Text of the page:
MySpace undergoes another facelift

 
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Ailing social network MySpace has announced its fourth major redesign as it seeks to regain relevance in the face of falling numbers.

The site, now part-owned by Justin Timberlake, aims to focus more on music and offer deeper integration with Facebook and Twitter.

But it faces stiff competition from online platforms offering to connect artists and fans.

According to measurement firm comScore, the MySpace audience is 54 million.

This is down from hundreds of millions at its peak in 2005.

A message on the website announced the redesign: "We're hard at work building the new MySpace, entirely from scratch."

"But we're staying true to our roots in one important way - empowering people to express themselves however they want," the message continued.

It called on fans to join "our brand new community" and offered a sneak preview of the redesign.

Those interested in joining were asked to leave an email contact and "expect an invite soon".

The new-look MySpace says it aims to put music at the heart. Users can control audio content from a navigation panel and pair photograph albums with playlists in a kind of social media mix tape to mark any occasion.

A Discover tab within the navigation panel will offer access to trending artists, music, mixes, radio, videos, news, and forthcoming concerts. The items can be dragged into personal folders.

There is also an emphasis on what's called Artist Pages, with the promise of lots of tracks, albums and videos.

Band platform

MySpace was sold to Rupert Murdoch's News Corp empire in 2005.

It paid $580m (£361m) for the social network but users and advertisers left the site for rival social sites such as Facebook and Twitter.

The site underwent a major makeover in 2010, rebranding itself as a "social entertainment site".

But it was not enough and in June 2011, News Corp sold it to online advertiser Specific Media at a huge loss.

A further rebrand after the sale promised it would become "the number one online community music destination".

Music and media analyst Mark Mulligan said he thought this latest rebrand was the "deepest" yet.

"At its peak, MySpace was a trailblazer for bringing together fans and artists but it faces stiff competition from sites such as TopSpin and Pledge Music which offer artists tools to establish relationships with fans," he said.

"It can't just do what they used to do even if they do it better," he said.

"It has to offer artists a reason why they would go there rather than on Facebook. It needs to become a social platform for bands and not just an alternative to Facebook," he said.

 

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  • rate this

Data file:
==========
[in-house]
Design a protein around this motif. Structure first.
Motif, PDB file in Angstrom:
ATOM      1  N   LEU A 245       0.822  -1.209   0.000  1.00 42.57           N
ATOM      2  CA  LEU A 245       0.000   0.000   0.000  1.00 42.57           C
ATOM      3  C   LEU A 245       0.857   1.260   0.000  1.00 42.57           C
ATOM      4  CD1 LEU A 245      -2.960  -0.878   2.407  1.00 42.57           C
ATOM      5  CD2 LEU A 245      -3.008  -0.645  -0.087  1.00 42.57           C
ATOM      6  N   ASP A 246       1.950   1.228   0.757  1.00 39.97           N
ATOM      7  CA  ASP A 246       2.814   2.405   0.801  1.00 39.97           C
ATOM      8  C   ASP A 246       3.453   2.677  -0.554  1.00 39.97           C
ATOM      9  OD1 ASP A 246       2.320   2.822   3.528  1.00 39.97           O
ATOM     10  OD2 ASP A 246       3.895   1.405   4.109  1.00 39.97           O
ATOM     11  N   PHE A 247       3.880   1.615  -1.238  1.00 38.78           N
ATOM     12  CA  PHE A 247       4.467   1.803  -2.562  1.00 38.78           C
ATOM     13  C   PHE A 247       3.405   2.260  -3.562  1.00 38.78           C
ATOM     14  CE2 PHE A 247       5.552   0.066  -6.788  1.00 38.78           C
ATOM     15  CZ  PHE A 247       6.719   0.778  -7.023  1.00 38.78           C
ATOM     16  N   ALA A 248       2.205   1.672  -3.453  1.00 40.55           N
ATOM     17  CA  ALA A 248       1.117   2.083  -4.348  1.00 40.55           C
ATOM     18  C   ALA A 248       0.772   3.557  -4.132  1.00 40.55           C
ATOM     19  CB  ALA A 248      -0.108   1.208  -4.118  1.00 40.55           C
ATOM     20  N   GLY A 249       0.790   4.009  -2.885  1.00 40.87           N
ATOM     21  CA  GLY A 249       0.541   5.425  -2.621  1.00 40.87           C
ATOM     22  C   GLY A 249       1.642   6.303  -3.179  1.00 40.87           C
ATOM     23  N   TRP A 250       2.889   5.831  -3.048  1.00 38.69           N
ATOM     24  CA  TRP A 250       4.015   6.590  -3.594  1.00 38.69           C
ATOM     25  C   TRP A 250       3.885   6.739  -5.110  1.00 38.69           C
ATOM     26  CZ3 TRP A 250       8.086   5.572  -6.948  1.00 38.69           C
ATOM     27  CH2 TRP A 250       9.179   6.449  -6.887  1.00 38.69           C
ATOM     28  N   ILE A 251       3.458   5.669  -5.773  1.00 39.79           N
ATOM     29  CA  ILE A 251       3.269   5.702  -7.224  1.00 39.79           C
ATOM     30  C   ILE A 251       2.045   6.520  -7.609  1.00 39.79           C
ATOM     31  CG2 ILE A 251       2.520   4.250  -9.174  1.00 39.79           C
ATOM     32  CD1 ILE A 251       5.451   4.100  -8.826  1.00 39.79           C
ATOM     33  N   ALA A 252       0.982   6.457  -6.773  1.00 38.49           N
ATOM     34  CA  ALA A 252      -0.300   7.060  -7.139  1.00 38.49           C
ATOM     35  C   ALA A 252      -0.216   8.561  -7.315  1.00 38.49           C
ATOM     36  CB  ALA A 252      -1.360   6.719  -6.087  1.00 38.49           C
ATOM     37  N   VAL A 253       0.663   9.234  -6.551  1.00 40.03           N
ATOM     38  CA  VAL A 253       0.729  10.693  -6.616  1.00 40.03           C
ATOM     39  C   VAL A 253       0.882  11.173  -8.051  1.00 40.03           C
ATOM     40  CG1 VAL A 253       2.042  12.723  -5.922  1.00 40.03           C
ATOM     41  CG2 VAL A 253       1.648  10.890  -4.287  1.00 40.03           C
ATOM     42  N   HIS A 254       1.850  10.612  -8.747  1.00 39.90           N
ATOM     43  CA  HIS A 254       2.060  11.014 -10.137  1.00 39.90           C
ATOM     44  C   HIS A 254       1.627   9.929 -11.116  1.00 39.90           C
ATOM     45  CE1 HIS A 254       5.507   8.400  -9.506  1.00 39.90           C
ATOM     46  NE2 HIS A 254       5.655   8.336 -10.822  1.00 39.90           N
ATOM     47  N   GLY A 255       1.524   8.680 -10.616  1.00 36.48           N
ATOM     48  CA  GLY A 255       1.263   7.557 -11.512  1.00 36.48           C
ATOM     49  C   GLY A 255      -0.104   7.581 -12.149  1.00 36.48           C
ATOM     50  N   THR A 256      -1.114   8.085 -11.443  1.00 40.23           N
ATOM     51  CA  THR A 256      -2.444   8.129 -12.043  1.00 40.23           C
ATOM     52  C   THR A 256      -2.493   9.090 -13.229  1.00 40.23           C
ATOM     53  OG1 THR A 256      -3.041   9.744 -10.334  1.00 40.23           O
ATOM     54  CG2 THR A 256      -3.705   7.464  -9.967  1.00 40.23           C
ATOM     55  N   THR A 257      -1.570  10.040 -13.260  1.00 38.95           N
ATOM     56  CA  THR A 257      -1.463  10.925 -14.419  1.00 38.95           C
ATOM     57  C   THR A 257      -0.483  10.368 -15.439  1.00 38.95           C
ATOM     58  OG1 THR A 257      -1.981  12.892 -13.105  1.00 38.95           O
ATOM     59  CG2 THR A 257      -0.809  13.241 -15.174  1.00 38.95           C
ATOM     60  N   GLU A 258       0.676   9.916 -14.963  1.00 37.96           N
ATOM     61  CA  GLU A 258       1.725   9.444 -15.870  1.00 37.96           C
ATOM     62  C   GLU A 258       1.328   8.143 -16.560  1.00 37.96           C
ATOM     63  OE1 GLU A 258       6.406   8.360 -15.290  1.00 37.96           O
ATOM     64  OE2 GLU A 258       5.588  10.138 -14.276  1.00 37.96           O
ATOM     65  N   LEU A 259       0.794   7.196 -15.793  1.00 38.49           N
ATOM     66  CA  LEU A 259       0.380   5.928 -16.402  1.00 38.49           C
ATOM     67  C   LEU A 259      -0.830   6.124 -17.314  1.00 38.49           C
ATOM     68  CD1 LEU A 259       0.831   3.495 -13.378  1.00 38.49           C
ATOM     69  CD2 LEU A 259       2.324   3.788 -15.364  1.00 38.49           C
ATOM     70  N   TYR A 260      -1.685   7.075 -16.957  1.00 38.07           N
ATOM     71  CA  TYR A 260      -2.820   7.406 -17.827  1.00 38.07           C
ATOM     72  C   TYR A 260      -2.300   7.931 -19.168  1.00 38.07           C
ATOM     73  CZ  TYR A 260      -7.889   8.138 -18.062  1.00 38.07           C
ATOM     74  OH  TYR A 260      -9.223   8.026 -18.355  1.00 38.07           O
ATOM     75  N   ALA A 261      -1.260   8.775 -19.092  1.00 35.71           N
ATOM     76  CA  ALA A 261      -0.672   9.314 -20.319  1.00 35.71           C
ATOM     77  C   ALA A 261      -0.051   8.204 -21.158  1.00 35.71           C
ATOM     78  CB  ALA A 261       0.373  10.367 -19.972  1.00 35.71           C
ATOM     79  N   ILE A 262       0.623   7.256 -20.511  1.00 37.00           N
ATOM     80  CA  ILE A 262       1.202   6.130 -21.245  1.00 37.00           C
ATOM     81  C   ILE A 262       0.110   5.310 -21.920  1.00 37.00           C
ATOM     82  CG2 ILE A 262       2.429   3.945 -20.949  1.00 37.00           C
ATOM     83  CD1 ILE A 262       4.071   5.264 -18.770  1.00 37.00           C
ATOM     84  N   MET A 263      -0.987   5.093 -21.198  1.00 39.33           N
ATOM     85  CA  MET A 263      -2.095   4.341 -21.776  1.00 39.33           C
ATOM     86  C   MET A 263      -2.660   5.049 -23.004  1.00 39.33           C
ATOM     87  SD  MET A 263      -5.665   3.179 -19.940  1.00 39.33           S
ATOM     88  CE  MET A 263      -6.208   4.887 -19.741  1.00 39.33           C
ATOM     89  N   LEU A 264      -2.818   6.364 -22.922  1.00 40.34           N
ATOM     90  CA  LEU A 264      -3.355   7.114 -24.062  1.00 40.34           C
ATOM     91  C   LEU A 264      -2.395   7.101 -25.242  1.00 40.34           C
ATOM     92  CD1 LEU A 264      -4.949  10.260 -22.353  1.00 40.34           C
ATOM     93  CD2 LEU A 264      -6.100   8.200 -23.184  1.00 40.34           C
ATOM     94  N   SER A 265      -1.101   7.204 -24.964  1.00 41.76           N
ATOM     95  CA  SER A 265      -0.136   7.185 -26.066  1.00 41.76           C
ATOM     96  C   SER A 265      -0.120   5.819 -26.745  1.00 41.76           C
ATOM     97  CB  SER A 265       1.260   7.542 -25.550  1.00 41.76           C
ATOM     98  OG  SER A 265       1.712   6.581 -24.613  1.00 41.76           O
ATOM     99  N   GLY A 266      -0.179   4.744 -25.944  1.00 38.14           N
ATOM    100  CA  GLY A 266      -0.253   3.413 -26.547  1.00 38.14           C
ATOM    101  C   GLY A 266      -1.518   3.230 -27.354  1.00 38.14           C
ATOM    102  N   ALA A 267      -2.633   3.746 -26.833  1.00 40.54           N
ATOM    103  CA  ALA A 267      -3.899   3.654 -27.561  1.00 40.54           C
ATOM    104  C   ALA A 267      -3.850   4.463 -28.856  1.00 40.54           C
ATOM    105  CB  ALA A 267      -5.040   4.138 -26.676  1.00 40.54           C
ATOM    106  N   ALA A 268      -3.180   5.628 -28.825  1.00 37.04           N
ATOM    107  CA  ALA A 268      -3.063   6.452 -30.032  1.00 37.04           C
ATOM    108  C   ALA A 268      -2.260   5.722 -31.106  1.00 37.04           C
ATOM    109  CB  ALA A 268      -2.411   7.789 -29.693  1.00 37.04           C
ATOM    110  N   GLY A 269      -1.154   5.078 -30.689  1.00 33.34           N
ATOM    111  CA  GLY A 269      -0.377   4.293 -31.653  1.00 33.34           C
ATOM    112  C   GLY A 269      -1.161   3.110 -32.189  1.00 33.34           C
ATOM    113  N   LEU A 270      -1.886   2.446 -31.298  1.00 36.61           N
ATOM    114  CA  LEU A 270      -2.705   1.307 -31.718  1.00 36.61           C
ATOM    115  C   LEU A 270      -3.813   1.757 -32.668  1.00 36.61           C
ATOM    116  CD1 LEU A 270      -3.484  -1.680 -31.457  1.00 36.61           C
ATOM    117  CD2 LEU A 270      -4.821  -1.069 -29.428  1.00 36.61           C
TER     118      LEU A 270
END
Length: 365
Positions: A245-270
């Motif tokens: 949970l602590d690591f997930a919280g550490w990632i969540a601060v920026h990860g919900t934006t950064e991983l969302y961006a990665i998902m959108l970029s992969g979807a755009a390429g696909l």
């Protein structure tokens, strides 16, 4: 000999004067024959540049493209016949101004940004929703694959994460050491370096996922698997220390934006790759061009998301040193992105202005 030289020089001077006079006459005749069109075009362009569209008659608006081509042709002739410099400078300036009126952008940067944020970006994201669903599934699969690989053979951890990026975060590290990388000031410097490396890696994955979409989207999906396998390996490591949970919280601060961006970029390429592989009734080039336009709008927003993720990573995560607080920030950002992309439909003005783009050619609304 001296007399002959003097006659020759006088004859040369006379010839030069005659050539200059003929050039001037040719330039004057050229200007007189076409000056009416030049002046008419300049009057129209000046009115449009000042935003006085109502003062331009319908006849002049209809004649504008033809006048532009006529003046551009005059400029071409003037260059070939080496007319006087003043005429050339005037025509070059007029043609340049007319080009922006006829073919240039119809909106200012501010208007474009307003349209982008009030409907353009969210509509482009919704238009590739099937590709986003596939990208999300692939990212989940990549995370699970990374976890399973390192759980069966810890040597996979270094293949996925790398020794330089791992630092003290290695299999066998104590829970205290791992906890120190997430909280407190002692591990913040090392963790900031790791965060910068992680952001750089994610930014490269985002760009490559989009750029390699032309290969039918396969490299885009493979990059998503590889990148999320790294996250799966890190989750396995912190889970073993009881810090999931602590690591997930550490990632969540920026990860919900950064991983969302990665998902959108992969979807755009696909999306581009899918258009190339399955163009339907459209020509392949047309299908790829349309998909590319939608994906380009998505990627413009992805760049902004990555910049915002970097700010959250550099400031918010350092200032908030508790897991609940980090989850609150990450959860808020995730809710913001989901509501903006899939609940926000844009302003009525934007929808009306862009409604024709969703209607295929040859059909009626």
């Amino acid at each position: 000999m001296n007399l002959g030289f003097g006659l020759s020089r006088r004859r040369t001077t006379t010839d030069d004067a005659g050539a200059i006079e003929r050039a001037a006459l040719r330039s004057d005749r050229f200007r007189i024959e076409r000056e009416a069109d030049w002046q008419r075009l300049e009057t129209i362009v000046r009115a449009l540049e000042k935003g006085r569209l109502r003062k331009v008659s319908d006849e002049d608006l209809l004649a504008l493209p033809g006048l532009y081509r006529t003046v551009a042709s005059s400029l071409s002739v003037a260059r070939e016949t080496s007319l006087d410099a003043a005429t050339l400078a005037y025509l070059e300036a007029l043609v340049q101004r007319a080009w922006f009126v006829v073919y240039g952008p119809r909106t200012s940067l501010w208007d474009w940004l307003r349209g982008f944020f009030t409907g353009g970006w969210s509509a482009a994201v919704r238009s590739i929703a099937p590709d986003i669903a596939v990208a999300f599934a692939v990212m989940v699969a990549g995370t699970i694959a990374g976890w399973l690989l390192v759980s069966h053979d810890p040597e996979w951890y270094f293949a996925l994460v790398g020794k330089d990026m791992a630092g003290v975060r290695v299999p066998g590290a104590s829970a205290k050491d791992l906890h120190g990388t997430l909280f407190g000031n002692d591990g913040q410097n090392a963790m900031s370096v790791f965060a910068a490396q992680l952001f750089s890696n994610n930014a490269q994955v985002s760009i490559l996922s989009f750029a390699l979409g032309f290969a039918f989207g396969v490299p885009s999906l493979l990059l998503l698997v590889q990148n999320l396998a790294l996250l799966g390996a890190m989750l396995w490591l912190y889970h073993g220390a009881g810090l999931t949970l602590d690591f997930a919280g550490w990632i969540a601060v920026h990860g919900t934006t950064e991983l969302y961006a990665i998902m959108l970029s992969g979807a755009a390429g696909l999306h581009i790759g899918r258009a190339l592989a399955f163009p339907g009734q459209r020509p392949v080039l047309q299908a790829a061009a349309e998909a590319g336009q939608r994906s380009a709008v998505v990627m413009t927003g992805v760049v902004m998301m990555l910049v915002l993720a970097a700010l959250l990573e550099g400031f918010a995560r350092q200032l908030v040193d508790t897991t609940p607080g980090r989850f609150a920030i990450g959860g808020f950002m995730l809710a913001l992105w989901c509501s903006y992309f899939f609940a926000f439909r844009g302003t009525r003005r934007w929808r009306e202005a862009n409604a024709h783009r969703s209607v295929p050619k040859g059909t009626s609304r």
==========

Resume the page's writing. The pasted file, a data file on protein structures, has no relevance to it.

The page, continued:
+4

    Comment number 104.

    I left myspace years ago because it was full of fake accounts that spammed you all the time and everyones personalised home pages made them seem way to deperate for attention. Its too late for Myspace to be saved because to many people have switched to facebook and twitter. I can't see many people switching back because it doesn't have anything to offer that you can't get else where

  • rate this
    +3

    Comment number 103.

    As a musician, I used Myspace a lot. It was great for hearing original music & letting others hear yours. It worked well in advertising live performances. I liked being able to design my own pages etc.

    In my view 2 things killed it, Murdoch & X-Factor. When Murdoch took over they tried to turn into a new facebook, removing much of the quirky fun stuff. X-Factor killed interest in original music.

  • rate this
    +2

    Comment number 82.

    I tried to put some of my music on MySpace a while back. Nothing worked as advertised and it was impossible to get any help with problems. Now I've set it all up with Facebook and Soundcloud, MySpace will have to come up with something completely new if they expect to use them when I have no need to - a 'Facebook II' will not work.

  • rate this
    +2

    Comment number 74.

    MySpace could work well if it focuses on being a platform for projects - bands, artists, films, that kind of thing. It was good for that stuff but then seemed to shift its design and functions more towards those who were using it as a social networking site, who have since abandoned it.

  • rate this
    +9

    Comment number 20.

    MySpace was fine until NewsCorp started messing around with it: it suddenly became less "My" Space, and more "My Friend's Space", with stuff I wanted to post relegated to a tiny panel at the side, and posts from others given loads of room in the middle. Bad design killed it, and is why everyone left. The new design looks like someone learned that lesson. I wish it well.

 

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